Federal And State Officials Try To Better Understand Missing And Murdered Indigenous Women Cases
State and federal officials are launching new efforts to address the issue of missing and murdered Indigenous women in Utah, after a nationwide study called attention to the issue in 2018.
The Urban Indian Health Institute surveyed documented cases of missing and murdered Indigenous women and girls and found that Utah ranked 8th for the highest number of cases in the U.S.
Tamra Borchardt-Slayton, chairperson of the Paiute Indian Tribe of Utah, said that finding didn’t surprise her.
“Every single tribal member could tell you that they have a story of someone being murdered and no one caring enough to investigate,” Borchardt-Slayton said. “Even after being reported, law enforcement didn’t necessarily provide any type of missing persons report.”
Now, state and federal leaders want to know why so many Indigenous women and girls go missing as well as how they can help.
Democratic State Rep. Angela Romero has created a task force to gather data on the issue and suggest policy improvements. It was approved earlier this year by the state Legislature but has since been delayed and defunded due to COVID-19. Still, Romero said she’s committed to getting the effort underway soon.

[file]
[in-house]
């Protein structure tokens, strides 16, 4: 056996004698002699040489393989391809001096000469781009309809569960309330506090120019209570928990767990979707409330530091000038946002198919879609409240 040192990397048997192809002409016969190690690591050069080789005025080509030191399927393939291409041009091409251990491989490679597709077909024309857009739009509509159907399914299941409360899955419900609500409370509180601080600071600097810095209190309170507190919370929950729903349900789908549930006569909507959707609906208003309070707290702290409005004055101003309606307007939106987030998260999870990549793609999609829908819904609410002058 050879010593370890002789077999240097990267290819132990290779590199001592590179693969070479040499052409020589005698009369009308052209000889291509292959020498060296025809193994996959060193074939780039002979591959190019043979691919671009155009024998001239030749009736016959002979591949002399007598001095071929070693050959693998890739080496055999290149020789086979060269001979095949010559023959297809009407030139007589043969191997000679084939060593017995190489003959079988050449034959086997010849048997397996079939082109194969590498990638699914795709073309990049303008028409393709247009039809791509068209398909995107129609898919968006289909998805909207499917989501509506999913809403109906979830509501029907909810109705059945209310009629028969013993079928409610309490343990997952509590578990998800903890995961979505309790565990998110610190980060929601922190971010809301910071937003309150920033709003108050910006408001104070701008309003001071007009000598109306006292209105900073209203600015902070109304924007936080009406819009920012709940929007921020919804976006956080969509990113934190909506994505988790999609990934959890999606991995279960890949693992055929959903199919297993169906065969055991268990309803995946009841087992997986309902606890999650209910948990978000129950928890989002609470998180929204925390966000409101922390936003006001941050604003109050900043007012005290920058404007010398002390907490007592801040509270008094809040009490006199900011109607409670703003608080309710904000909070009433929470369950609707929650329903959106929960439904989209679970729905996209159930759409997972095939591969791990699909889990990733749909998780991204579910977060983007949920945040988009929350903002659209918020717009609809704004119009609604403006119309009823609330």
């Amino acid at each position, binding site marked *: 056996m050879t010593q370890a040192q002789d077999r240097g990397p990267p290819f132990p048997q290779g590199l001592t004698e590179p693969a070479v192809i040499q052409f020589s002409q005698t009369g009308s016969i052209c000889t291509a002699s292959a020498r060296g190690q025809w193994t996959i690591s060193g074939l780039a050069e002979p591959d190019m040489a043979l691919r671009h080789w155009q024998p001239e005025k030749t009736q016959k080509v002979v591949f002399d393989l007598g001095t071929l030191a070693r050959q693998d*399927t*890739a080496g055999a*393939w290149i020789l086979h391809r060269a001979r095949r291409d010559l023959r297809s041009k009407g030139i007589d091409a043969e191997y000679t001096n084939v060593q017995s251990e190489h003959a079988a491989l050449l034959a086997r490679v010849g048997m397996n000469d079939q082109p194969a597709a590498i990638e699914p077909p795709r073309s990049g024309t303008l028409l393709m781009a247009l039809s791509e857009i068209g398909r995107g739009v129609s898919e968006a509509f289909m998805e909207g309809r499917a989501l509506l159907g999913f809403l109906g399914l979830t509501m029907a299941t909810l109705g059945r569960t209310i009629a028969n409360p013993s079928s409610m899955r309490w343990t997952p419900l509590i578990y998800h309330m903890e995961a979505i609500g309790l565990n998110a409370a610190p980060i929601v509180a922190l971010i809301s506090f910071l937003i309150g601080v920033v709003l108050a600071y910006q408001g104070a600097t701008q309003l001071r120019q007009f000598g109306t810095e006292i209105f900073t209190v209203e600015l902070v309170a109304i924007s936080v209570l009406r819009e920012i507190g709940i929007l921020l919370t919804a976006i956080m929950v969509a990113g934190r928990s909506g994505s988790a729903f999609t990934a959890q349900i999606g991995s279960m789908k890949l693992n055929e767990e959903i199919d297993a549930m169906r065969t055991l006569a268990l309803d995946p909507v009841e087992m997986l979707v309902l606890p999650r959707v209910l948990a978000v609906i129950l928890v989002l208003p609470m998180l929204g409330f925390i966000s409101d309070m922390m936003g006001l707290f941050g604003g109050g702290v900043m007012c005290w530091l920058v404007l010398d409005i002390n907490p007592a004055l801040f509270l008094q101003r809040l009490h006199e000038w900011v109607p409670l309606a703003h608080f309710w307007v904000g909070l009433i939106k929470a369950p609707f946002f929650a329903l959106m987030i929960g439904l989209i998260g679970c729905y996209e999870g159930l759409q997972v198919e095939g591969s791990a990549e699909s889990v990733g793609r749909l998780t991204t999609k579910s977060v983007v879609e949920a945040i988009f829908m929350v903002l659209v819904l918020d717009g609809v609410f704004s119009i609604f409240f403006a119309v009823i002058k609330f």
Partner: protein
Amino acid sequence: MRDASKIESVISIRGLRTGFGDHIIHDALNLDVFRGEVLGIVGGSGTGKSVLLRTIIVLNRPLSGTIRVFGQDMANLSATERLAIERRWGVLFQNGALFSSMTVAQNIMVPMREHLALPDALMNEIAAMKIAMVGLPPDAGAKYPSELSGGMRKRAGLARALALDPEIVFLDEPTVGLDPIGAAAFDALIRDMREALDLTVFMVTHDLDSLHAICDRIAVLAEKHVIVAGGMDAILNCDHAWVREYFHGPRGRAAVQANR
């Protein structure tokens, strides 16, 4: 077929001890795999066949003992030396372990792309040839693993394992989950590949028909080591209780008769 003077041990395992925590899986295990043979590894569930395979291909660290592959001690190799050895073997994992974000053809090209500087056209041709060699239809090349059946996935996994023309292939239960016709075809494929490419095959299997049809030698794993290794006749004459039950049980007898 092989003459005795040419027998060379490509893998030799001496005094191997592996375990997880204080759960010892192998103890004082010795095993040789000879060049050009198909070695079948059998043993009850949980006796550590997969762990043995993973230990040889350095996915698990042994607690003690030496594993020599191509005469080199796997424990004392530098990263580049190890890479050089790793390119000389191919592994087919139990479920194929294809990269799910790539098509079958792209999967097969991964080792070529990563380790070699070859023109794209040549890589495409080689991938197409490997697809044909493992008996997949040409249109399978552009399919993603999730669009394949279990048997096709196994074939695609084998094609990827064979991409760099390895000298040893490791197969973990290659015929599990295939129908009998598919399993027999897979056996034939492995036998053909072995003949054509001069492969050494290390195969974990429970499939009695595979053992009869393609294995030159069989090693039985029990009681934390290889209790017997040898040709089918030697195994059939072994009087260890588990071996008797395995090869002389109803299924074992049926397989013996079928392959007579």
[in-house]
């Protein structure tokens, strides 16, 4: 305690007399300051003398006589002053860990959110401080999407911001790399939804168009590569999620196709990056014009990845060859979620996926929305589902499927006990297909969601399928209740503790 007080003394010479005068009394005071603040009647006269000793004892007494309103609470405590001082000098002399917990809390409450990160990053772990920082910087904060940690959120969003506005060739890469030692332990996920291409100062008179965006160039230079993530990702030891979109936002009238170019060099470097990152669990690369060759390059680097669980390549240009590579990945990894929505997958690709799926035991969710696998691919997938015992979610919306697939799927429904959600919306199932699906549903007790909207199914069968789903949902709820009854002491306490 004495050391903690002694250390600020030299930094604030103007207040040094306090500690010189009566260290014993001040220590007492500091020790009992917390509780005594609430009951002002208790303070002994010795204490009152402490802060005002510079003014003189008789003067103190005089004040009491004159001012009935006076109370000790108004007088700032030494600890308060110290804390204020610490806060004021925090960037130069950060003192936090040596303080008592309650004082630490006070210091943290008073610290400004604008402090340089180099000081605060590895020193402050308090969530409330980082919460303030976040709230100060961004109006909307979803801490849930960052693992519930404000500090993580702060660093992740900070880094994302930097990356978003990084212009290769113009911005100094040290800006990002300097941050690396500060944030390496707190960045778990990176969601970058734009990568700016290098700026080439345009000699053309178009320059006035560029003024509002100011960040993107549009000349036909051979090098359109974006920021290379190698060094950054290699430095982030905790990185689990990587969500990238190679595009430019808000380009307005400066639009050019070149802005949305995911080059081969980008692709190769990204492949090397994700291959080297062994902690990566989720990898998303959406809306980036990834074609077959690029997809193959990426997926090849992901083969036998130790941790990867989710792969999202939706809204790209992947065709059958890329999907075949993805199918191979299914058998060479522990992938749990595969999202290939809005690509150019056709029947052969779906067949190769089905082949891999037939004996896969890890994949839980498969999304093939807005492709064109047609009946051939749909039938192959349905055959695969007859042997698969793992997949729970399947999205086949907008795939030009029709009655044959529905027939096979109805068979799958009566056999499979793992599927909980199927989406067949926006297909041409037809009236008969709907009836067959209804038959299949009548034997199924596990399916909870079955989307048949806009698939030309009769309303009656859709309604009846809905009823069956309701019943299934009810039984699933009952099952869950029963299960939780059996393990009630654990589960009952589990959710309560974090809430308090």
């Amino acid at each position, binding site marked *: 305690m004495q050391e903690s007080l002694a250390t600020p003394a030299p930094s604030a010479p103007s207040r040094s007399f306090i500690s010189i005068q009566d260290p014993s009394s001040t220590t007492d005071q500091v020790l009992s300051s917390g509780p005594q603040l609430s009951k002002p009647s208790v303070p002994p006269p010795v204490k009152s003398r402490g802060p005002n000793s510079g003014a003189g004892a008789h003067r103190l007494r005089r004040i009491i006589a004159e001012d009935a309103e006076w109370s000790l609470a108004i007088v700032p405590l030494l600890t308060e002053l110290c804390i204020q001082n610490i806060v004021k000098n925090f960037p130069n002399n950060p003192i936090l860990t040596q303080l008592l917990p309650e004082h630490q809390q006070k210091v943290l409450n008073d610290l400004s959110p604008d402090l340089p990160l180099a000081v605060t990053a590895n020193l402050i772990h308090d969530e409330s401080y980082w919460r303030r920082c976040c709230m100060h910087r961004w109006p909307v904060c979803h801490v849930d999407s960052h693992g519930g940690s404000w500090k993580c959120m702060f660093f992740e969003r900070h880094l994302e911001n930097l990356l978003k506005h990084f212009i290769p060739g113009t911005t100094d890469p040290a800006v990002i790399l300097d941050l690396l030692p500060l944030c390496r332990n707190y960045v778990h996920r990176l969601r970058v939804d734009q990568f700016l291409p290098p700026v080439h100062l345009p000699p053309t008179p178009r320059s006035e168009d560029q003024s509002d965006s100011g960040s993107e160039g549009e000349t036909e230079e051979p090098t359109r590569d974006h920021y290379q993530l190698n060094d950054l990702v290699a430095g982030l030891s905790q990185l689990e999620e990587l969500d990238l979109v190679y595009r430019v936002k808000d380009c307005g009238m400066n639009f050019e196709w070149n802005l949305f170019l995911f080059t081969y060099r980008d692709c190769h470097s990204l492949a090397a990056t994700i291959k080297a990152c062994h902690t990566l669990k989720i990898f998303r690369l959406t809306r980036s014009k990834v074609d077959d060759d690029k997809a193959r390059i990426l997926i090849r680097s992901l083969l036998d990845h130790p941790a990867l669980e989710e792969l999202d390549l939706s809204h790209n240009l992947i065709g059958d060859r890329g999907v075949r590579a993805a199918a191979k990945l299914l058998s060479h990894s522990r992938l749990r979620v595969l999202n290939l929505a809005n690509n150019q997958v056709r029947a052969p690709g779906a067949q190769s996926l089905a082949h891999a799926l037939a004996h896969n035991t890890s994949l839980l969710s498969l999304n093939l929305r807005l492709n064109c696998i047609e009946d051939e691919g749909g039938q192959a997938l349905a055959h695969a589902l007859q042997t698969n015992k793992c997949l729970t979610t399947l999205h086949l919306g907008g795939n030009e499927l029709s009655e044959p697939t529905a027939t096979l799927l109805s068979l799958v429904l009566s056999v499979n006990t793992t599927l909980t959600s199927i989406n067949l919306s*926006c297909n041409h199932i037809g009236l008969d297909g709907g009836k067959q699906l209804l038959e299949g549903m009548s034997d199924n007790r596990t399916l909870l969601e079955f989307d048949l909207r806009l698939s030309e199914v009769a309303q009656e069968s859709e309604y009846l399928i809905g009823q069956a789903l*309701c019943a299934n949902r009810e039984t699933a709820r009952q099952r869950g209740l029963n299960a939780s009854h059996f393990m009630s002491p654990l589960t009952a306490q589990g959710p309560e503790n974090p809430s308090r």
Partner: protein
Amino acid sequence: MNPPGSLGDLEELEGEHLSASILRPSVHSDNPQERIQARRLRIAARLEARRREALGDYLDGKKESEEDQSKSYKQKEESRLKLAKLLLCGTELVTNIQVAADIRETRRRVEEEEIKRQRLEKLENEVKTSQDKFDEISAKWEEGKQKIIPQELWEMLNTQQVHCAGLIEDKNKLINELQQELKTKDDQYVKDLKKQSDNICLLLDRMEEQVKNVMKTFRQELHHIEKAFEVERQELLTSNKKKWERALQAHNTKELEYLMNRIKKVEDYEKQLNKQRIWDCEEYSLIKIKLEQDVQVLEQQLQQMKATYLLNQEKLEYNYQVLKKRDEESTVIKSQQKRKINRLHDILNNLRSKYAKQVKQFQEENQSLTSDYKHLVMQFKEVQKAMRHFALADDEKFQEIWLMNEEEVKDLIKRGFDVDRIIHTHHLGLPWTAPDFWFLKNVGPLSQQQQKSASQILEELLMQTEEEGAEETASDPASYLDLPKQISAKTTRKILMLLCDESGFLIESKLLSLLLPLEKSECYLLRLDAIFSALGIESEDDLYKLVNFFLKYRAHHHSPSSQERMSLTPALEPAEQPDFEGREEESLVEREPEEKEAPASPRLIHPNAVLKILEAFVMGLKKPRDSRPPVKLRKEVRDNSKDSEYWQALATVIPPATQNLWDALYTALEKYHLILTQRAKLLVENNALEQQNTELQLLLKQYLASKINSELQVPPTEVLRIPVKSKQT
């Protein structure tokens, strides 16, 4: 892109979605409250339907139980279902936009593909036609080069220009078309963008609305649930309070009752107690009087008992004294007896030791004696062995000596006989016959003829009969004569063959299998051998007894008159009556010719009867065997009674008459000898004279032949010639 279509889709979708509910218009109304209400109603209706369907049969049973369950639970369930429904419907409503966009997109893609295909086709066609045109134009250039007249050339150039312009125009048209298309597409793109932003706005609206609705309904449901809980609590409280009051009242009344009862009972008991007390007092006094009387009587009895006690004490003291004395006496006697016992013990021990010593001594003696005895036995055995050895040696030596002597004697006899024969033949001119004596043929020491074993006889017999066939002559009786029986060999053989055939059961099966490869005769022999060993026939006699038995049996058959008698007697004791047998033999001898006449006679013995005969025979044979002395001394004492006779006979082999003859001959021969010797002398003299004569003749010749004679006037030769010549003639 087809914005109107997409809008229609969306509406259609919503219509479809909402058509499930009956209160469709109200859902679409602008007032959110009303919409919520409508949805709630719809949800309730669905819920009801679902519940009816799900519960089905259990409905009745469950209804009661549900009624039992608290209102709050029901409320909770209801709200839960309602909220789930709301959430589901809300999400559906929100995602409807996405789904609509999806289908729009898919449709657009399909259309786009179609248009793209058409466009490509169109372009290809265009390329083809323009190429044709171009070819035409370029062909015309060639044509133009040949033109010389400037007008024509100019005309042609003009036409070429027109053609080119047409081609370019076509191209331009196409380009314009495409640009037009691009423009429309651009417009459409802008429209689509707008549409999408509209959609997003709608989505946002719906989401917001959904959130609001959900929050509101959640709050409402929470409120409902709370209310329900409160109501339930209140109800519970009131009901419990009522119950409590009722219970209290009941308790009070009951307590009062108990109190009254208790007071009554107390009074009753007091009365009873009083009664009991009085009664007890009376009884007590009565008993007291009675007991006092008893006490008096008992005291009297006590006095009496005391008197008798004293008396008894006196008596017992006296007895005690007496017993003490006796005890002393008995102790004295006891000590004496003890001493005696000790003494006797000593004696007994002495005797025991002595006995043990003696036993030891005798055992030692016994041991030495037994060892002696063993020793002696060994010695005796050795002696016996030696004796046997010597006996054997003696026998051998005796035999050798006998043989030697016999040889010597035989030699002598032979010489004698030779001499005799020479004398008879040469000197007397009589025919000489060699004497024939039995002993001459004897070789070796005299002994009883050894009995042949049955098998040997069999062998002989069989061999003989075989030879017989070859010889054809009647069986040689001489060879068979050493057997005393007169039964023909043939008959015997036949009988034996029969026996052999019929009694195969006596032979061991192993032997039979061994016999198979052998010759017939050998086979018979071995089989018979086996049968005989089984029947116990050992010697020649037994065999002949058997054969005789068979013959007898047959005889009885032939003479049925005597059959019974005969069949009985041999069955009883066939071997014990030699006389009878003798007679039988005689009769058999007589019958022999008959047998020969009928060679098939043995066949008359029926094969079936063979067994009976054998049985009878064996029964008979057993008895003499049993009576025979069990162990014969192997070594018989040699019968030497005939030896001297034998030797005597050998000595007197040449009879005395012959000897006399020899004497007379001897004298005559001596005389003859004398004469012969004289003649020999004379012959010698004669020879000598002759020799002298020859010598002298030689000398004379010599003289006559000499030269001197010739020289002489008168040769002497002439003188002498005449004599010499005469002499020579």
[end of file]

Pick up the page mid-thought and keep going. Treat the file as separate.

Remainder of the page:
“This is just the beginning,” Romero said, adding that she plans to ask the Legislature to extend the task force for another year.
She said she is waiting on state legislative leaders to approve her appointments to the committee. They include Moroni Benally from Restoring Ancestral Winds, Kristina Groves from the Urban Indian Center, and the Paiute Tribal Chair Borchardt-Slayton.
“I want to ensure that we’re including our sovereign nations, so that we’re having an open and honest conversation and looking at how we move forward,” Romero said.
A recent hire for a newly created position in the U.S. District Attorney’s Office in Salt Lake City will also focus on gathering information about missing and murdered indigneous person cases in Utah. It’s part of a nationwide effort coordinated by U.S. Attorney General William Barr to address the MMIW issue.
“This position is designed to identify and fill gaps in the way things work,” said U.S. District Attorney John Huber. “How is crime reported? How are missing persons cases reported? And who responds to those?”
Huber hired former FBI agent Brian Speelman to fill the position. Speelman started last week and will focus on helping tribal and local law enforcement agencies coordinate investigations, as well as collect data about missing and murdered Indigenous persons cases in the state.
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